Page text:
A somewhat return

I have not been able to find my way here for nearly a week now, and that has felt unsettling. Last Tuesday night, I kissed my boys goodbye and headed to an all-community Meeting for Worship at school. I find these Quaker meetings infinitely comforting and thought-provoking and couldn't think of a better way to begin Thanksgiving break.

As I sat in the Meeting House, alone but surrounded by so many thoughtful others, as I pondered the utter discombobulation I've felt since the election, as I listened to those who felt moved to stand and speak their own confusion and worry, I felt some peace. I felt the relief that washes over any of us when we remember or see that we aren't alone in something. 

I know I'm not alone in the worry I feel about our country, in the wonder about how to bridge divides that seem like vast gulfs, in the frightened disappointment about how far facts have fallen from their rightful place of common ground. But it's still nice to be reminded of connection, with friends, acquaintances, and downright strangers. 

There have been many such reminders during the past weeks: knowing looks and warm hugs; whispers across Thanksgiving tables; texts and emails, calls and posts checking in or asking for a bit of support. They ease the paralysis that sometimes sets in when the concern builds and starts to weight me down.

Jack and I at the Turkey Trot For Hunger finish line

Jack and I at the Turkey Trot For Hunger finish line

This Thanksgiving was the loveliest one in years. We ran our annual Turkey Trot For Hunger. Jack and I matched pace for the whole 5K. At lunch, we served four different pies. All sixteen of us participated in our I Am Thankful For... game. My boys and their darling cousins get along famously. My oldest niece slept over that night, she, Ol and Jack all camped out in Ol's room. We spent the entire next day with her, her sister and parents. Have I ever told y'all that my sister-in-law and I have known each other since middle school, and that she married Tom's brother, and Tom and I met at their wedding? Best man + bridesmaid = engaged 10 months later. Life is funny.

Last night was my supper club's final dinner of the year. I had been up much of the prior night with a feverish Ol and home with him all day. I was tired as get-out. It was pitch black by 5:20pm. I was fairly certain I'd not cooked my cake quite enough. My hair. You should have seen my damn hair.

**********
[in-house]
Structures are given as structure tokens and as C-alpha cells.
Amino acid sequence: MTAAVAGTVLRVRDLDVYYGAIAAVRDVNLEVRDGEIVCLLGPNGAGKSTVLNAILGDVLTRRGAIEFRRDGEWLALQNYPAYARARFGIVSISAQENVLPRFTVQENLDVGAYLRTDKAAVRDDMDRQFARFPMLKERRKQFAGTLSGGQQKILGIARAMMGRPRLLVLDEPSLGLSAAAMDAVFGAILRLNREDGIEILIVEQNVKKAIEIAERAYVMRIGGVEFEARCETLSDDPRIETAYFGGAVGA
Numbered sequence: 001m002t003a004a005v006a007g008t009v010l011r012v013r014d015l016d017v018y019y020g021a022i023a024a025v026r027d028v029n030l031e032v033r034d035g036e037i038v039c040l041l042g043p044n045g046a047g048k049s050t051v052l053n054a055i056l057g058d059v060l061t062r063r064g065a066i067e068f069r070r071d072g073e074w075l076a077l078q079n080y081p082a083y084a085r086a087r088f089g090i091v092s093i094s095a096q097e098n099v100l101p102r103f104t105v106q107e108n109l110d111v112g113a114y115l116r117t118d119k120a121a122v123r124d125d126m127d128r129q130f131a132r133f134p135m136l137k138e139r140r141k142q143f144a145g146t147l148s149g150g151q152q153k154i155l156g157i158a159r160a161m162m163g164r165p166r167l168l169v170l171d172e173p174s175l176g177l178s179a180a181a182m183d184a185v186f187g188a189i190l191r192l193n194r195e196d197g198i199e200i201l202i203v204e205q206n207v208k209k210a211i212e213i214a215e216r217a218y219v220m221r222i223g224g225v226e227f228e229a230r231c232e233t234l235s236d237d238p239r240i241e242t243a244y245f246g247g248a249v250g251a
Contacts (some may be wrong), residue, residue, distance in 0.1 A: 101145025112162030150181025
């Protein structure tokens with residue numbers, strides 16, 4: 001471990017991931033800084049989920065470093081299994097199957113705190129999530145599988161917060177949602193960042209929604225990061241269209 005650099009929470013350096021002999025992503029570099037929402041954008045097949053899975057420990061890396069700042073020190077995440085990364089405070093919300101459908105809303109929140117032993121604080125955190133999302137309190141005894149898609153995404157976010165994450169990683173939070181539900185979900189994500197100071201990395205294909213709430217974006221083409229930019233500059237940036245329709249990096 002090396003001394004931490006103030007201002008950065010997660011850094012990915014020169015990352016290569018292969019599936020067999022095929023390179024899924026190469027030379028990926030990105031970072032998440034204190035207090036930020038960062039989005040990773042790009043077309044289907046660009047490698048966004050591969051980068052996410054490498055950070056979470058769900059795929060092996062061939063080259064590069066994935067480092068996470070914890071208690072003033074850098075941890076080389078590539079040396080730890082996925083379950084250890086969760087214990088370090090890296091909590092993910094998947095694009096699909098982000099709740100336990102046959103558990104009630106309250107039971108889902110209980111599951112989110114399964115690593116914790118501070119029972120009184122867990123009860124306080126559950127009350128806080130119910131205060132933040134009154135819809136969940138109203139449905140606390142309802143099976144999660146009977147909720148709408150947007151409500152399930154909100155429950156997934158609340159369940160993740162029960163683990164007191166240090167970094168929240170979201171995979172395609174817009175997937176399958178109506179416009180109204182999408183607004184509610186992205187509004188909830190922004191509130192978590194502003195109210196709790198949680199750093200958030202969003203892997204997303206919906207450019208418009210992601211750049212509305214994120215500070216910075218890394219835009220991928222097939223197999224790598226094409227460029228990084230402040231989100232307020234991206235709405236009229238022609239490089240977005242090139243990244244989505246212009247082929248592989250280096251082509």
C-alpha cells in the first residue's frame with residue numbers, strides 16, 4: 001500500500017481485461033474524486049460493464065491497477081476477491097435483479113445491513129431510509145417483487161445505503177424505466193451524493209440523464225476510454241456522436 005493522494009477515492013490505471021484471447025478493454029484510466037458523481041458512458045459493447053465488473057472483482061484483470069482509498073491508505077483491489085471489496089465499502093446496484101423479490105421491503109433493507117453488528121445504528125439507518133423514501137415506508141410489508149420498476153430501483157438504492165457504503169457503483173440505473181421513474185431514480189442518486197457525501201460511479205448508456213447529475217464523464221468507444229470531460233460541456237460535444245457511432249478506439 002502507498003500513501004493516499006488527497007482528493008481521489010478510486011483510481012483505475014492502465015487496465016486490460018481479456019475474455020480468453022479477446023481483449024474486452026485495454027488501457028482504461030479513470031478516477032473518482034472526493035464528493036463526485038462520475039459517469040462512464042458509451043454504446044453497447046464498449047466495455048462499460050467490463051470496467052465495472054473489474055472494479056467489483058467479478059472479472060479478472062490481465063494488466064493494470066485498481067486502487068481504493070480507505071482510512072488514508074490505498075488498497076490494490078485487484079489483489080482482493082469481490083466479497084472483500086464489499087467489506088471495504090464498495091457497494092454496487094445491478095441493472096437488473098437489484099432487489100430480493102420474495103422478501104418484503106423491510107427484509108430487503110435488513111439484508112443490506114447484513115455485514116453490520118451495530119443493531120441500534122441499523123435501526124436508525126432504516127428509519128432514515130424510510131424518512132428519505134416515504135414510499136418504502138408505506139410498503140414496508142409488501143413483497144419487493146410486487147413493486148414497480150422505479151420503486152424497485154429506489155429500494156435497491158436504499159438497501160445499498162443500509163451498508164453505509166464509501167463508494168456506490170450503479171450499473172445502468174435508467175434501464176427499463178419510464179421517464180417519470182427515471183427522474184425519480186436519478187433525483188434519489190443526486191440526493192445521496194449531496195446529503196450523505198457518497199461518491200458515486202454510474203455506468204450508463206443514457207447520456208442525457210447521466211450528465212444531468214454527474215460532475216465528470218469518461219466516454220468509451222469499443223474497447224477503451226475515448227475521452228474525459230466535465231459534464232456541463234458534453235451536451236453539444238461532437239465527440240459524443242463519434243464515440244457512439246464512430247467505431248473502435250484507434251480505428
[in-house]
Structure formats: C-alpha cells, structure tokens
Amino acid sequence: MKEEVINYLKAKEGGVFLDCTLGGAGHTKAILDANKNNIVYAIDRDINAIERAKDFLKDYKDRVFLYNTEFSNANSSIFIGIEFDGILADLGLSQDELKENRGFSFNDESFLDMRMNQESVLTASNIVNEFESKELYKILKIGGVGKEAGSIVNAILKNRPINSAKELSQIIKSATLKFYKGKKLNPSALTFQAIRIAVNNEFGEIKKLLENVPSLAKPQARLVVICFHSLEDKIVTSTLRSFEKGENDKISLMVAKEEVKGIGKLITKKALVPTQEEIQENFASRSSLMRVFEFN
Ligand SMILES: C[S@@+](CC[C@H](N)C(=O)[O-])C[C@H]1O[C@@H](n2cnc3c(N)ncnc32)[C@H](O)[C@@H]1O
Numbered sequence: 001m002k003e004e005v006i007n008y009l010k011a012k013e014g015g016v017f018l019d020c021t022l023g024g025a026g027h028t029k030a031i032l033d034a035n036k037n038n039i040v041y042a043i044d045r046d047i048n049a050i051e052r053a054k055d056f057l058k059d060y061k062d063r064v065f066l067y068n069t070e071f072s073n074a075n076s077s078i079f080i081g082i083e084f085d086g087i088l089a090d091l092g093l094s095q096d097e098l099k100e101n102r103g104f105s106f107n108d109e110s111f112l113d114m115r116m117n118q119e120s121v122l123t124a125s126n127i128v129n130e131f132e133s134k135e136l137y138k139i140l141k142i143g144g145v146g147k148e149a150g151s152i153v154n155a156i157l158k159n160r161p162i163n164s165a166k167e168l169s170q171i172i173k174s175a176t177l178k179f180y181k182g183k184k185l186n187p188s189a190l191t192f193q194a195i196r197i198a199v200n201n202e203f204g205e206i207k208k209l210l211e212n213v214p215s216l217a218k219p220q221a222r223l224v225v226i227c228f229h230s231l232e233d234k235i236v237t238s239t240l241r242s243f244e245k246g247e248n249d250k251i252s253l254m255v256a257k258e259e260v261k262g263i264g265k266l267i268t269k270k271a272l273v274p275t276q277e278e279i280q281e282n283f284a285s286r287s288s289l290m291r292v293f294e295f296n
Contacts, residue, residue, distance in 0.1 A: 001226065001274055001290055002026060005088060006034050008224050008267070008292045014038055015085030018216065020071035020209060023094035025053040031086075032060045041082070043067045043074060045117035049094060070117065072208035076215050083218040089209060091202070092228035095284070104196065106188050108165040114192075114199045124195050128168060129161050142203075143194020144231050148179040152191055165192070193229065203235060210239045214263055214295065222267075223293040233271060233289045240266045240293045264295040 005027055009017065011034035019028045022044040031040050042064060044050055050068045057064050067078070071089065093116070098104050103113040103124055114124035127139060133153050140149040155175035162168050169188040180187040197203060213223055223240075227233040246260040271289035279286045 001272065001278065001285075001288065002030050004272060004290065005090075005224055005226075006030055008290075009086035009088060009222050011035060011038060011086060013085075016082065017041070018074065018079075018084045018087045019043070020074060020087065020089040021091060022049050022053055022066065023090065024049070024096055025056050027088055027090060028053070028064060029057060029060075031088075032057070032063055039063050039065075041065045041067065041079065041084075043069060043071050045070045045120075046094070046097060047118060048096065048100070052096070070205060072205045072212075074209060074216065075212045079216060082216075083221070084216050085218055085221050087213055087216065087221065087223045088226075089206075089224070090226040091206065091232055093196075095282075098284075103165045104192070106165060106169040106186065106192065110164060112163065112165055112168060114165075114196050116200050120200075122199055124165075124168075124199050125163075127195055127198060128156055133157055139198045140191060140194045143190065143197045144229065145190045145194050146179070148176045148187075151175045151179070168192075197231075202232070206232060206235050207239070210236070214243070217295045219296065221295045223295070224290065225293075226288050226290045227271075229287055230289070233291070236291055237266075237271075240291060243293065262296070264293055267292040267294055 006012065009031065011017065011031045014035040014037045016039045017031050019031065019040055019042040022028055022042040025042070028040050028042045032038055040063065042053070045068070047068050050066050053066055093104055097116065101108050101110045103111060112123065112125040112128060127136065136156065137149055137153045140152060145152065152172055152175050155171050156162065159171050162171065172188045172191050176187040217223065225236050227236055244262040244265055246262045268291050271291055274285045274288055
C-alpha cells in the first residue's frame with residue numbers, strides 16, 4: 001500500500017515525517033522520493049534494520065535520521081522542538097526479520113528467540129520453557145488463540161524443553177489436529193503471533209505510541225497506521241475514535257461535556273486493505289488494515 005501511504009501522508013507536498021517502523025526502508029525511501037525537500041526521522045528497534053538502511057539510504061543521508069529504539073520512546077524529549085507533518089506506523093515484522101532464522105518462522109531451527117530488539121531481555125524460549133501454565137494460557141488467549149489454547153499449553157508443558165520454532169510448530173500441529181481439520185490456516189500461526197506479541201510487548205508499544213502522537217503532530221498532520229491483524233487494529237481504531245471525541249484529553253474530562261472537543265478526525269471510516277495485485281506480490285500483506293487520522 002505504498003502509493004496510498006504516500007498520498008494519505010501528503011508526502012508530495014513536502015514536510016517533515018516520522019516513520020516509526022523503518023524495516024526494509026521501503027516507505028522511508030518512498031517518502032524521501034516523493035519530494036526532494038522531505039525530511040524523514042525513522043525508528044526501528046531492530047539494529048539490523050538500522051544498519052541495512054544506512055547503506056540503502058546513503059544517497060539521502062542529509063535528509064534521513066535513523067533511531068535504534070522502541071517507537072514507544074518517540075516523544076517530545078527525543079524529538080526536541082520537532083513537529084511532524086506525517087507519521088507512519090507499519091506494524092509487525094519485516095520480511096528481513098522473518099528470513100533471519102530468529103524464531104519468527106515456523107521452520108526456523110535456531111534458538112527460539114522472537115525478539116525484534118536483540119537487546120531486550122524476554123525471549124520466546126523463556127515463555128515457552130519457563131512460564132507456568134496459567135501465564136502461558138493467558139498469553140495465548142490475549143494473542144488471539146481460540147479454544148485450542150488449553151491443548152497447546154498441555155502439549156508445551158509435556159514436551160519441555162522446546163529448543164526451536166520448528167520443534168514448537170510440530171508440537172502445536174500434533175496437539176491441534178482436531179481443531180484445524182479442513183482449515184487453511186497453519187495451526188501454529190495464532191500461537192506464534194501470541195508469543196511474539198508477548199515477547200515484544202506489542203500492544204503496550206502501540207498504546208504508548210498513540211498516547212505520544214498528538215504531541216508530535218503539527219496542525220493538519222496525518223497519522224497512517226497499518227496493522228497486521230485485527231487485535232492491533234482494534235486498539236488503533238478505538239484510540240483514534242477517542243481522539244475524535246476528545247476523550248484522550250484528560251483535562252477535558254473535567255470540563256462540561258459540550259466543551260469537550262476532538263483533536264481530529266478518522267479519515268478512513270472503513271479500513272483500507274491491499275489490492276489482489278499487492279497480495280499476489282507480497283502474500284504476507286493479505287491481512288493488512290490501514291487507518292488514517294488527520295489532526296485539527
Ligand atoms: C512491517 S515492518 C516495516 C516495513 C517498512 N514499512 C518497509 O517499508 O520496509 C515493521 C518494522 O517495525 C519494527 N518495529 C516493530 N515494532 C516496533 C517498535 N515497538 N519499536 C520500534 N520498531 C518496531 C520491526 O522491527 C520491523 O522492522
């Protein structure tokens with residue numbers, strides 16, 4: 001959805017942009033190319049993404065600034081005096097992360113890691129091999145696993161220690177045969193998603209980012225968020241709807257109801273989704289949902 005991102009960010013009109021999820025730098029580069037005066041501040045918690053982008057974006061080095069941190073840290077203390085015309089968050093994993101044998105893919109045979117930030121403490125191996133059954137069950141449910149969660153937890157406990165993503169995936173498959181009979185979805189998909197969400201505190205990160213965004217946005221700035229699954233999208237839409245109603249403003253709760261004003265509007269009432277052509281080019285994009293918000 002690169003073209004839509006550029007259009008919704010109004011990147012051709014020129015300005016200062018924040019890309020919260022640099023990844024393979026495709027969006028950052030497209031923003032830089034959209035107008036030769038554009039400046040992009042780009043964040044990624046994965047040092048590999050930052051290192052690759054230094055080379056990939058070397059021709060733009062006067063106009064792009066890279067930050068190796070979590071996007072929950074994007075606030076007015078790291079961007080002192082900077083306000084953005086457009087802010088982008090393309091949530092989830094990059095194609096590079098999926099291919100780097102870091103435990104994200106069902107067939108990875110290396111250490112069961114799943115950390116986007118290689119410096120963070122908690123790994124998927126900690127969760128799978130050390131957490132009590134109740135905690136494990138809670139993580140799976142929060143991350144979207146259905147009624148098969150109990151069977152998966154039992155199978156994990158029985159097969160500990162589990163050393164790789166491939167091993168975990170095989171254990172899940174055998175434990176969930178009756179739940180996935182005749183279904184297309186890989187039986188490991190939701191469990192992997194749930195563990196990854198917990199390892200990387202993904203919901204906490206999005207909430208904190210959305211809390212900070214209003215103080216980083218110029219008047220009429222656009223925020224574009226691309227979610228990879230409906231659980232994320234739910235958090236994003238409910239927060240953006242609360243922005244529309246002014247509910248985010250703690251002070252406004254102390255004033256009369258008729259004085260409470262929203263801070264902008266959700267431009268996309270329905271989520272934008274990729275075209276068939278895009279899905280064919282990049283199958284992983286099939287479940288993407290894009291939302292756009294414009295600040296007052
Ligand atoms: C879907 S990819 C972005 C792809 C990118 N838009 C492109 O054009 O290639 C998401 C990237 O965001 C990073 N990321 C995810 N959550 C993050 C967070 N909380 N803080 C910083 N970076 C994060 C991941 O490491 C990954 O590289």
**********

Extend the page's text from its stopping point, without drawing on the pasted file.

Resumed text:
I pulled that mess into a ponytail, lint-rolled my cat-encrusted sweater, frosted the cake, and begged for a second wind as I slowly made my way to my friend's car, thankful beyond belief that she was giving me a ride. In her trunk was a beautiful basket loaded with a pot of homemade soup, a variety of toppings for it, a large bottle of wine, and a gorgeous loaf of bread. She hugged me tight, and I felt warmth creep back into my limbs.

At another friend's house, where the six of us met, I felt my shoulders drop away from my ears a bit. Felt a familiar sadness and worry hanging in the air but also felt the warm embrace of care. We'd all made delicious food, nourishing food, food made with practiced hands and love. We poured glasses of wine, raised a toast, talked. 

Again I felt surrounded by thoughtful, engaged others, and again I felt some peace. There was laughter and lightness but also real, substantive, well-informed discussion. We are all worried, vexed, pissed, sad. We are all dismayed by the 2.5 million vote differential in the popular vote, by the racist speech that seems to have lost its muzzle, by the unqualified people being given cabinet and other enormously important positions.

I look at my friends, these fascinating, kind, talented women -three of whom were not born in this country- and I look at my luminous children and nieces, and I give and receive knowing looks and big hugs, and I want so much better for us all. ALL of us. My friends, family, acquaintances, and downright strangers.

There cannot be room here anymore for racism and sexism and xenophobia and the longing for a day when "great America" meant great only for white Christian men. Going back means stripping away the progress towards equality that women and people of color have risked and given everything for. Many of the jobs that have been lost are not coming back. We all need to work mightily to create new jobs and training for them. But we need to stop carrying on about a time and place that is no more, an ugly call that Trump rode to the highest office in the land.

I better understand now how ignored some in this country have felt. I do not better understand but I do see now just how deep and rabid the hatred of the Clintons is. I am reading and talking and asking questions and trying to figure out where to go next.

But this is going to take all of us. This isn't just on me and people who happen to live on the coasts. It is also on those who voted for a constricted perspective in which there isn't room for people of color, of various faiths, of different sexual orientations, who are pro-choice and pro-environment and think factual information is important. I will not apologize for doing everything I can to foster an America that is more inclusive and tolerant. An America in which there are more rights and justice for more people rather than fewer rights for most.